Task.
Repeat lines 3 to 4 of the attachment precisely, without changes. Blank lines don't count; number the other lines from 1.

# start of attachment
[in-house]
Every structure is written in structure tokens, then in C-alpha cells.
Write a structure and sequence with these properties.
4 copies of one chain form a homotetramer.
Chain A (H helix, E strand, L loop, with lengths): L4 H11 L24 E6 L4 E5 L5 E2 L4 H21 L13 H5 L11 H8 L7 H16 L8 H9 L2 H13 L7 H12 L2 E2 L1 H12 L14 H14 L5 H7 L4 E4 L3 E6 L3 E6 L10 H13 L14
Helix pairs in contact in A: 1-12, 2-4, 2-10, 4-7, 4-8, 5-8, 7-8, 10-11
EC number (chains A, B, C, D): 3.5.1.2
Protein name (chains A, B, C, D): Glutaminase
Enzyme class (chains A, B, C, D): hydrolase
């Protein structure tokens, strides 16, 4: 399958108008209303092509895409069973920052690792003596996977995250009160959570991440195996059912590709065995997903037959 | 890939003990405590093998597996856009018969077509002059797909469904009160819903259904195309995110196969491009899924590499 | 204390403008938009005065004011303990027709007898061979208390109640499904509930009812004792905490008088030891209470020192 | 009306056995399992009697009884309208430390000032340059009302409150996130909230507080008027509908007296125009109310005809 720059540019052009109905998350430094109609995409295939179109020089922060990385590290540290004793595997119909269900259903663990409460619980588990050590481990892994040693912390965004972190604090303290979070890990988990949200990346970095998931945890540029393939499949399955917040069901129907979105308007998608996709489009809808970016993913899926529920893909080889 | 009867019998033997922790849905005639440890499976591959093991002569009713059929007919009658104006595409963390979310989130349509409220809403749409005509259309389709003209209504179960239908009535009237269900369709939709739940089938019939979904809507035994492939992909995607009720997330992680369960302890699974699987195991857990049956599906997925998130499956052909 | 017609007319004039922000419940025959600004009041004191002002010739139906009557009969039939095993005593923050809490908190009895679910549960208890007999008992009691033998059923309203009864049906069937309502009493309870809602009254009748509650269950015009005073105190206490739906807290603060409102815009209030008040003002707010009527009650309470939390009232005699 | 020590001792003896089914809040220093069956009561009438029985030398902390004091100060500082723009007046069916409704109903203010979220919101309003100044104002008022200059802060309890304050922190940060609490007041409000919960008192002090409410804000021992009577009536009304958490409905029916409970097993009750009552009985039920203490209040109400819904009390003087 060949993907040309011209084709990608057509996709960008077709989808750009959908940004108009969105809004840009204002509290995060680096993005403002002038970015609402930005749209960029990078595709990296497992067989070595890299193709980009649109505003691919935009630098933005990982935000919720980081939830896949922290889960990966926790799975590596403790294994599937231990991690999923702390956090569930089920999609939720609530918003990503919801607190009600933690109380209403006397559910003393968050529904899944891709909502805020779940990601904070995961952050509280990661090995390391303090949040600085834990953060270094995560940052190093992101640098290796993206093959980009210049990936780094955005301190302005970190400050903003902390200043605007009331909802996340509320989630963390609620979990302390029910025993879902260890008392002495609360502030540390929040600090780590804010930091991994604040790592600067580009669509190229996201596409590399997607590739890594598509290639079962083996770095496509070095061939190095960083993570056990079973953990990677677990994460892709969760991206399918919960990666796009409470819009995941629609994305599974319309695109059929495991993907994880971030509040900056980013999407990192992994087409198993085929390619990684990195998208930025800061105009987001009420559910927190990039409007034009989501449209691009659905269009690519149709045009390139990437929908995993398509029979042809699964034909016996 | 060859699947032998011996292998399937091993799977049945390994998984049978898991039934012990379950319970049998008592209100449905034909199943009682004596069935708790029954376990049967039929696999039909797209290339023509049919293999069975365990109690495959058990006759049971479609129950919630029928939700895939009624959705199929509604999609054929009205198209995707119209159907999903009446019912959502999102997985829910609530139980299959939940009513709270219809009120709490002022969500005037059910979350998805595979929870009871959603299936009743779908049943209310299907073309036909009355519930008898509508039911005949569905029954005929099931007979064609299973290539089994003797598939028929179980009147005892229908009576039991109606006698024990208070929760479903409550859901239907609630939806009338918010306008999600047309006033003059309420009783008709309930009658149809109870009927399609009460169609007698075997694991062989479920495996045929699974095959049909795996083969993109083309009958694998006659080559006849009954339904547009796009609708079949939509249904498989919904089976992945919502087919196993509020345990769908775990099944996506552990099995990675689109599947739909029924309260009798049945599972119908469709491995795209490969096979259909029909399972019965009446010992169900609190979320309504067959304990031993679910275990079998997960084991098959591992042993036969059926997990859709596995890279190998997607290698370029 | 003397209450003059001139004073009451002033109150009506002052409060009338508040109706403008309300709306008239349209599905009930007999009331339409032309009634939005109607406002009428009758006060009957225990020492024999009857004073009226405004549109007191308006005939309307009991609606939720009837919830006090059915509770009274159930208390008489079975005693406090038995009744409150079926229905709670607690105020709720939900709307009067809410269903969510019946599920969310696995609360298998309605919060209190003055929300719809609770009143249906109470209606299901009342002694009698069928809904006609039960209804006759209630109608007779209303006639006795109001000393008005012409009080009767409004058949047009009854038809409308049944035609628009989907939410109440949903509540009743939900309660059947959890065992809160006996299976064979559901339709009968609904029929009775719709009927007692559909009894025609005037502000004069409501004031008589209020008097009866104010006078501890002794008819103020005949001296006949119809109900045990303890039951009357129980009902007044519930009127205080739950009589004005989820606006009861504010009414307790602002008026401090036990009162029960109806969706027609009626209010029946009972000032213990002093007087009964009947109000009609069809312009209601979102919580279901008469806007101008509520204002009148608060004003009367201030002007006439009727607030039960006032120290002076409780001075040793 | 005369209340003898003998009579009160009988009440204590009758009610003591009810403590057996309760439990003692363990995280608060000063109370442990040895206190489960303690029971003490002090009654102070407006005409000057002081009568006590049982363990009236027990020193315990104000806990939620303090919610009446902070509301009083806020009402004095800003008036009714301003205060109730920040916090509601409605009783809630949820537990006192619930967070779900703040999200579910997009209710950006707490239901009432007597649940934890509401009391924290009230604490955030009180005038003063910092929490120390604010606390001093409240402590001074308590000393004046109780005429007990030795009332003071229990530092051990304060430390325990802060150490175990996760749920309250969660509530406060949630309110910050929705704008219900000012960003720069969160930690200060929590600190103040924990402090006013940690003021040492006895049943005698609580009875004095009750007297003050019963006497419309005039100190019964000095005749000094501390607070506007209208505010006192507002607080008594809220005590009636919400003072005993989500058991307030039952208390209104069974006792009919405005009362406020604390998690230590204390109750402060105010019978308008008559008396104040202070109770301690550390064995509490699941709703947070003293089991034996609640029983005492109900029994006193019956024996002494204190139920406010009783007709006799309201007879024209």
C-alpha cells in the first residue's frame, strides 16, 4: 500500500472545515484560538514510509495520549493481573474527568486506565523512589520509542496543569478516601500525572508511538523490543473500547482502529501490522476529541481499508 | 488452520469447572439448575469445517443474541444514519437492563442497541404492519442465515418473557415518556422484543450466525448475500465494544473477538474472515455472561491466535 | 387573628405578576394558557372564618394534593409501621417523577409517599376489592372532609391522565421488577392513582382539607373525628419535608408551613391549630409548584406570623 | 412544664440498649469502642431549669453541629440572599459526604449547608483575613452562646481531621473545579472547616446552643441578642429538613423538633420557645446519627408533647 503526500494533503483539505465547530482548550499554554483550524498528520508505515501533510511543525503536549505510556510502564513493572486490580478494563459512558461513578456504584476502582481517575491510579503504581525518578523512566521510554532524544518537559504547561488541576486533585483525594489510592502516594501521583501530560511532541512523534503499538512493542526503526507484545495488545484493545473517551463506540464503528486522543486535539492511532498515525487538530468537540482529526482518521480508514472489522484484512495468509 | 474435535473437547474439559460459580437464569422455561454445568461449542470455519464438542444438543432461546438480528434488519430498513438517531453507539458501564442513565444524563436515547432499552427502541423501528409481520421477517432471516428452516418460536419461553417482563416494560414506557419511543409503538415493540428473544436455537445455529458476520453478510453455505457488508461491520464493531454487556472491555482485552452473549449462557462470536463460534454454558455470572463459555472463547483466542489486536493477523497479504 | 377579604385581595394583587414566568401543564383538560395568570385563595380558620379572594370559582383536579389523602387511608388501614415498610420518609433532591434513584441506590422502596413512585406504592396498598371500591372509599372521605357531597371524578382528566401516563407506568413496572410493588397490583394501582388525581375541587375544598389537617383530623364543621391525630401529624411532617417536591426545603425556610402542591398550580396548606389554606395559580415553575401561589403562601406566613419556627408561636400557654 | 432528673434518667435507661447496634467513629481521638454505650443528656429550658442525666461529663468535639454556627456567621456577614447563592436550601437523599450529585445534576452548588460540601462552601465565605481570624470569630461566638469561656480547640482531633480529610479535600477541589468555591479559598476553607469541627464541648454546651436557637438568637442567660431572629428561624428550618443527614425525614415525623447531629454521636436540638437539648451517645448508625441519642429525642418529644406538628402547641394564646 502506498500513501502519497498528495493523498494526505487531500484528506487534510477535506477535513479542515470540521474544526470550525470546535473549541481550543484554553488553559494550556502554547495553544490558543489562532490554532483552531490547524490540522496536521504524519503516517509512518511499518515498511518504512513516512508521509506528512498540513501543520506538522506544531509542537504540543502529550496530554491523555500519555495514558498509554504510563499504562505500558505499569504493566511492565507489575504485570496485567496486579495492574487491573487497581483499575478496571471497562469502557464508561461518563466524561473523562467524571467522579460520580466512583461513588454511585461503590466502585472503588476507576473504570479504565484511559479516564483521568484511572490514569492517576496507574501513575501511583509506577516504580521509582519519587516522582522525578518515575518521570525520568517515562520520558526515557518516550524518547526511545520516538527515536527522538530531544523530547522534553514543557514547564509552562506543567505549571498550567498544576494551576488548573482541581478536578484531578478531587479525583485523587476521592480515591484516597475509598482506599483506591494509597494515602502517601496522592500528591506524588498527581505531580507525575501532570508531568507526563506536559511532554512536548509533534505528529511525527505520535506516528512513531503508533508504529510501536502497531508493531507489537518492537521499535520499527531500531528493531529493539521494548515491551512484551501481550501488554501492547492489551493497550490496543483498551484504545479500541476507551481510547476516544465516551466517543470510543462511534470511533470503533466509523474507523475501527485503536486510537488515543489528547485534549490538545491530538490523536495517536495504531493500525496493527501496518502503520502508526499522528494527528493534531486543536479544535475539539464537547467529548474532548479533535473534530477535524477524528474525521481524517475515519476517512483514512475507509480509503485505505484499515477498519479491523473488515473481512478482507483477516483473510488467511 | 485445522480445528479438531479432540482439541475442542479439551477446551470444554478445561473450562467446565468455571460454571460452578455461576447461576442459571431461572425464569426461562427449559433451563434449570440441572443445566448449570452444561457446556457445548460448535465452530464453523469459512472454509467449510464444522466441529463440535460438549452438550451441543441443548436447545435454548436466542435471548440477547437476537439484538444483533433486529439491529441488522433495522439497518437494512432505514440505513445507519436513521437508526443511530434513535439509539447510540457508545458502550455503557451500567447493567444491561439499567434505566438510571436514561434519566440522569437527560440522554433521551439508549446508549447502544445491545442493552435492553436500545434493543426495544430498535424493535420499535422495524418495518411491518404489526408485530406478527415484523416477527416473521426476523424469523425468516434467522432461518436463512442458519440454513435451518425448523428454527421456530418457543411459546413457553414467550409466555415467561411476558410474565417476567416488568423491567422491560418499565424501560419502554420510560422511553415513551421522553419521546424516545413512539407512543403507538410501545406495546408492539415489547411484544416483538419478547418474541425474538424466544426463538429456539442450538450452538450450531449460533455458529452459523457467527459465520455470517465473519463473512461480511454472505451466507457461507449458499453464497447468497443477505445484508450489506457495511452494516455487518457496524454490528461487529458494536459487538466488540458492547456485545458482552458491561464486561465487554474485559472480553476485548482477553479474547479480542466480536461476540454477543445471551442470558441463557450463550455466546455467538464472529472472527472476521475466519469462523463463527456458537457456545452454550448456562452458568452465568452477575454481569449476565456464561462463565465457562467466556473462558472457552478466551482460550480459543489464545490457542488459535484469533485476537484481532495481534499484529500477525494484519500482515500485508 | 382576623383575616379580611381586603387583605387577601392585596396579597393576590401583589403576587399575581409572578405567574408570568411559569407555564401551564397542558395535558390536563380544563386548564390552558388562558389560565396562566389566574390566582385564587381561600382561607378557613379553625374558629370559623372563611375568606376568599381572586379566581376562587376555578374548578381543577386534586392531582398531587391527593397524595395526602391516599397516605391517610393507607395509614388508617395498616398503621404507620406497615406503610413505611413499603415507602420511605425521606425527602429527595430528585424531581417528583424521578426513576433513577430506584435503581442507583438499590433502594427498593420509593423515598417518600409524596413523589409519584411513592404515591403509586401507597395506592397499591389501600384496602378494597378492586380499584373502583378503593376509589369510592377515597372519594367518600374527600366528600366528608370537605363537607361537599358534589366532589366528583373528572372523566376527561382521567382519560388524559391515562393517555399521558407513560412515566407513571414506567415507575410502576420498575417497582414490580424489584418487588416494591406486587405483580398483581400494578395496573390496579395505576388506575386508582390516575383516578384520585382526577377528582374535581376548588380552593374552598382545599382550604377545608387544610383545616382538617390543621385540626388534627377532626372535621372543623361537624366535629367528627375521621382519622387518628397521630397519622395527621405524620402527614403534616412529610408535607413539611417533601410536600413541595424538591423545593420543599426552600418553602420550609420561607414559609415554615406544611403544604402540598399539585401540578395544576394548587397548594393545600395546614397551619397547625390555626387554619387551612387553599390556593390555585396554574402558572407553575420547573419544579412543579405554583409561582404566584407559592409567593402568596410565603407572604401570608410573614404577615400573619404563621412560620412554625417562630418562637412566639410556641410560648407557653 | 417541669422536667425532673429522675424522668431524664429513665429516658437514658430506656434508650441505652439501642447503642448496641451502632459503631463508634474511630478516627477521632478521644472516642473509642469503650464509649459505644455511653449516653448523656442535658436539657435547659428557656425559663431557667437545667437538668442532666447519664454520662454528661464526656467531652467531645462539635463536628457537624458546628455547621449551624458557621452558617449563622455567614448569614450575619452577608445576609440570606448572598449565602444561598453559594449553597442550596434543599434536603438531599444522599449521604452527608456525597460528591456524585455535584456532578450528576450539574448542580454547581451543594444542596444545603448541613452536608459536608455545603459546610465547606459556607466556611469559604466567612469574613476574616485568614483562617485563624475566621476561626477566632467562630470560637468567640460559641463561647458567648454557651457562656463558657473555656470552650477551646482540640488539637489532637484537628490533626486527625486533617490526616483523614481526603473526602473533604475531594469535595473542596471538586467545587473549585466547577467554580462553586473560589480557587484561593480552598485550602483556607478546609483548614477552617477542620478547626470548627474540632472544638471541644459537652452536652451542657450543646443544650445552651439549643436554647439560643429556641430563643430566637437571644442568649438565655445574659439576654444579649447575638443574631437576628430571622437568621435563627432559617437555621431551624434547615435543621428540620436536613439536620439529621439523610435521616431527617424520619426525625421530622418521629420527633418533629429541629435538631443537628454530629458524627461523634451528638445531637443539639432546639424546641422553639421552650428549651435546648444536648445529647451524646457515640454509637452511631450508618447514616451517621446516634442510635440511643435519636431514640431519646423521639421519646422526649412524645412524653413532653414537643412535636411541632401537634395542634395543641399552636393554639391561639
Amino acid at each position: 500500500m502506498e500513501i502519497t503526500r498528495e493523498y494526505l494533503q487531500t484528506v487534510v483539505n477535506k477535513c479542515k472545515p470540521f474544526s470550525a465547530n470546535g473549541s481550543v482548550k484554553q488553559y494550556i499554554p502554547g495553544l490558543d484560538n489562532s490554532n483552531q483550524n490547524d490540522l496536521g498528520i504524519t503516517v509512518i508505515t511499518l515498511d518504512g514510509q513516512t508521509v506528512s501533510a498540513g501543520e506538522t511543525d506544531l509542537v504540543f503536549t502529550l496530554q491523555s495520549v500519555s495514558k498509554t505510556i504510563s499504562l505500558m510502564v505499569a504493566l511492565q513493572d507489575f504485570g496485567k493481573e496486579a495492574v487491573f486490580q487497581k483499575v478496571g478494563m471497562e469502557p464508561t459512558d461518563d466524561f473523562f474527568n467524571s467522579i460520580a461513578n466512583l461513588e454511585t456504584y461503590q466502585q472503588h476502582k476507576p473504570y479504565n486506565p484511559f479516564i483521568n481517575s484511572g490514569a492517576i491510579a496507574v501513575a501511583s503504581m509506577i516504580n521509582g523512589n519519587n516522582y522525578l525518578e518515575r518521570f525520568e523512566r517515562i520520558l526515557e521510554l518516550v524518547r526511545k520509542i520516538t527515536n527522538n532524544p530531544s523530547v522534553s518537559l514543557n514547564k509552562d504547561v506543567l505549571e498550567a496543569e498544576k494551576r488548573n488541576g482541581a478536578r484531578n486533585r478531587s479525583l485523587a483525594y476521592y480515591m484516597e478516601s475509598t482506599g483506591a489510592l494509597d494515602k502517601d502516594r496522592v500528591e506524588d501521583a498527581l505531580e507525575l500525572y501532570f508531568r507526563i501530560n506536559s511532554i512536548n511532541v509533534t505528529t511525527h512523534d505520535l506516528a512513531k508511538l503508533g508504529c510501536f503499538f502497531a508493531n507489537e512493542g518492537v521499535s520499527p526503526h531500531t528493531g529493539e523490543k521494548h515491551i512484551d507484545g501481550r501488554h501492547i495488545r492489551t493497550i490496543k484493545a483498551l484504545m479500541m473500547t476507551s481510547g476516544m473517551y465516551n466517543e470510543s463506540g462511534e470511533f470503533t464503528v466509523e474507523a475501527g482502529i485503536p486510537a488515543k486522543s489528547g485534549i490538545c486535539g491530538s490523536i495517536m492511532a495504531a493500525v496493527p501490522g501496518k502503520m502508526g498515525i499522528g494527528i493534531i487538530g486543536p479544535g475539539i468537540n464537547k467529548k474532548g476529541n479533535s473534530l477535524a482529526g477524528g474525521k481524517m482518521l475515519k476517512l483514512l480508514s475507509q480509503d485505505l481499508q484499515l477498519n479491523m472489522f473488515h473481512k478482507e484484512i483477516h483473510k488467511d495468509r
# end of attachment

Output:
Write a structure and sequence with these properties.
4 copies of one chain form a homotetramer.